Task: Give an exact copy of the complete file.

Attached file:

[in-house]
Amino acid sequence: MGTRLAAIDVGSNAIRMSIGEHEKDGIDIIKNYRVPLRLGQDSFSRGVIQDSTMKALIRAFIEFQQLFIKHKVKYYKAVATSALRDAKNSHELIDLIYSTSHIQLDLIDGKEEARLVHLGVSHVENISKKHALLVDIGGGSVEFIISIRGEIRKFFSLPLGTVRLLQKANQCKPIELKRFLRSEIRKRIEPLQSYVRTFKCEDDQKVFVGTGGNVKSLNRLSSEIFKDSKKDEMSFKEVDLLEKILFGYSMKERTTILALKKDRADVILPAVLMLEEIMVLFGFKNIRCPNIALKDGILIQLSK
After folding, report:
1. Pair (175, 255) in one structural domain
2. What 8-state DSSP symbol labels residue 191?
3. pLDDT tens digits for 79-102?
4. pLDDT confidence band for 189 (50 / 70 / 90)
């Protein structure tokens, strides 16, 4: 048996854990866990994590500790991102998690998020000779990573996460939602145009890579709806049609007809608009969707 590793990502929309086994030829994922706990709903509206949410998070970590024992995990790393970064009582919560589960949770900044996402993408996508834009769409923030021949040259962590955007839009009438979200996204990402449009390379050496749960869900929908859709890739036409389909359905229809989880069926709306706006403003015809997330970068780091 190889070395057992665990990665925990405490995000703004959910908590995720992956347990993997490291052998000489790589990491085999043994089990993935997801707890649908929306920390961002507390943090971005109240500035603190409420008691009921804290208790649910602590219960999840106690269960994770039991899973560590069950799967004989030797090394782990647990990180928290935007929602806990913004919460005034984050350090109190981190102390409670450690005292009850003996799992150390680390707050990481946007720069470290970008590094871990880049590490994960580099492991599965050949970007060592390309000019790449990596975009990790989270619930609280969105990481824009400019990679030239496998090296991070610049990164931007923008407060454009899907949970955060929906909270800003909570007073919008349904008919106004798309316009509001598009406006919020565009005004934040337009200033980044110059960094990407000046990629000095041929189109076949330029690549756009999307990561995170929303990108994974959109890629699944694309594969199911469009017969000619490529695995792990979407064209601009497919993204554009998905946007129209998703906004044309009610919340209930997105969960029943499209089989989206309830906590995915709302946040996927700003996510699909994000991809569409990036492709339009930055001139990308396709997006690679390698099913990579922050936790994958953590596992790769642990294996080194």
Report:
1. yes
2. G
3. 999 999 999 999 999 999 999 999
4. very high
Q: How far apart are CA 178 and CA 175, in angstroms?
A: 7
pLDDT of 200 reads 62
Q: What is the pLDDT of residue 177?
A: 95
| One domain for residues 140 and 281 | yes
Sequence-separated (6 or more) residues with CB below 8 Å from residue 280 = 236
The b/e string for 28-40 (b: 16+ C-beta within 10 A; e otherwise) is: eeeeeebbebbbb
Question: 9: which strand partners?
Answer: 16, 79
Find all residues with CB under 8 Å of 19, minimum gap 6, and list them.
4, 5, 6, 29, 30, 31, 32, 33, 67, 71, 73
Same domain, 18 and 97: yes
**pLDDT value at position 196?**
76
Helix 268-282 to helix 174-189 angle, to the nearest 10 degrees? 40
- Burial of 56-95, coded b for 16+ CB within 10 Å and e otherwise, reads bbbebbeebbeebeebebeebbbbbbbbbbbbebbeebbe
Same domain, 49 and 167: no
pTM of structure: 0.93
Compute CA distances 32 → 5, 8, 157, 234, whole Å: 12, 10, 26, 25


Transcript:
[in-house]
Amino acid sequence: MGTRLAAIDVGSNAIRMSIGEHEKDGIDIIKNYRVPLRLGQDSFSRGVIQDSTMKALIRAFIEFQQLFIKHKVKYYKAVATSALRDAKNSHELIDLIYSTSHIQLDLIDGKEEARLVHLGVSHVENISKKHALLVDIGGGSVEFIISIRGEIRKFFSLPLGTVRLLQKANQCKPIELKRFLRSEIRKRIEPLQSYVRTFKCEDDQKVFVGTGGNVKSLNRLSSEIFKDSKKDEMSFKEVDLLEKILFGYSMKERTTILALKKDRADVILPAVLMLEEIMVLFGFKNIRCPNIALKDGILIQLSK
After folding, report:
1. Pair (175, 255) in one structural domain
2. What 8-state DSSP symbol labels residue 191?
3. pLDDT tens digits for 79-102?
4. pLDDT confidence band for 189 (50 / 70 / 90)
């Protein structure tokens, strides 16, 4: 048996854990866990994590500790991102998690998020000779990573996460939602145009890579709806049609007809608009969707 590793990502929309086994030829994922706990709903509206949410998070970590024992995990790393970064009582919560589960949770900044996402993408996508834009769409923030021949040259962590955007839009009438979200996204990402449009390379050496749960869900929908859709890739036409389909359905229809989880069926709306706006403003015809997330970068780091 190889070395057992665990990665925990405490995000703004959910908590995720992956347990993997490291052998000489790589990491085999043994089990993935997801707890649908929306920390961002507390943090971005109240500035603190409420008691009921804290208790649910602590219960999840106690269960994770039991899973560590069950799967004989030797090394782990647990990180928290935007929602806990913004919460005034984050350090109190981190102390409670450690005292009850003996799992150390680390707050990481946007720069470290970008590094871990880049590490994960580099492991599965050949970007060592390309000019790449990596975009990790989270619930609280969105990481824009400019990679030239496998090296991070610049990164931007923008407060454009899907949970955060929906909270800003909570007073919008349904008919106004798309316009509001598009406006919020565009005004934040337009200033980044110059960094990407000046990629000095041929189109076949330029690549756009999307990561995170929303990108994974959109890629699944694309594969199911469009017969000619490529695995792990979407064209601009497919993204554009998905946007129209998703906004044309009610919340209930997105969960029943499209089989989206309830906590995915709302946040996927700003996510699909994000991809569409990036492709339009930055001139990308396709997006690679390698099913990579922050936790994958953590596992790769642990294996080194």
Report:
1. yes
2. G
3. 999 999 999 999 999 999 999 999
4. very high
Q: How far apart are CA 178 and CA 175, in angstroms?
A: 7
pLDDT of 200 reads 62
Q: What is the pLDDT of residue 177?
A: 95
| One domain for residues 140 and 281 | yes
Sequence-separated (6 or more) residues with CB below 8 Å from residue 280 = 236
The b/e string for 28-40 (b: 16+ C-beta within 10 A; e otherwise) is: eeeeeebbebbbb
Question: 9: which strand partners?
Answer: 16, 79
Find all residues with CB under 8 Å of 19, minimum gap 6, and list them.
4, 5, 6, 29, 30, 31, 32, 33, 67, 71, 73
Same domain, 18 and 97: yes
**pLDDT value at position 196?**
76
Helix 268-282 to helix 174-189 angle, to the nearest 10 degrees? 40
- Burial of 56-95, coded b for 16+ CB within 10 Å and e otherwise, reads bbbebbeebbeebeebebeebbbbbbbbbbbbebbeebbe
Same domain, 49 and 167: no
pTM of structure: 0.93
Compute CA distances 32 → 5, 8, 157, 234, whole Å: 12, 10, 26, 25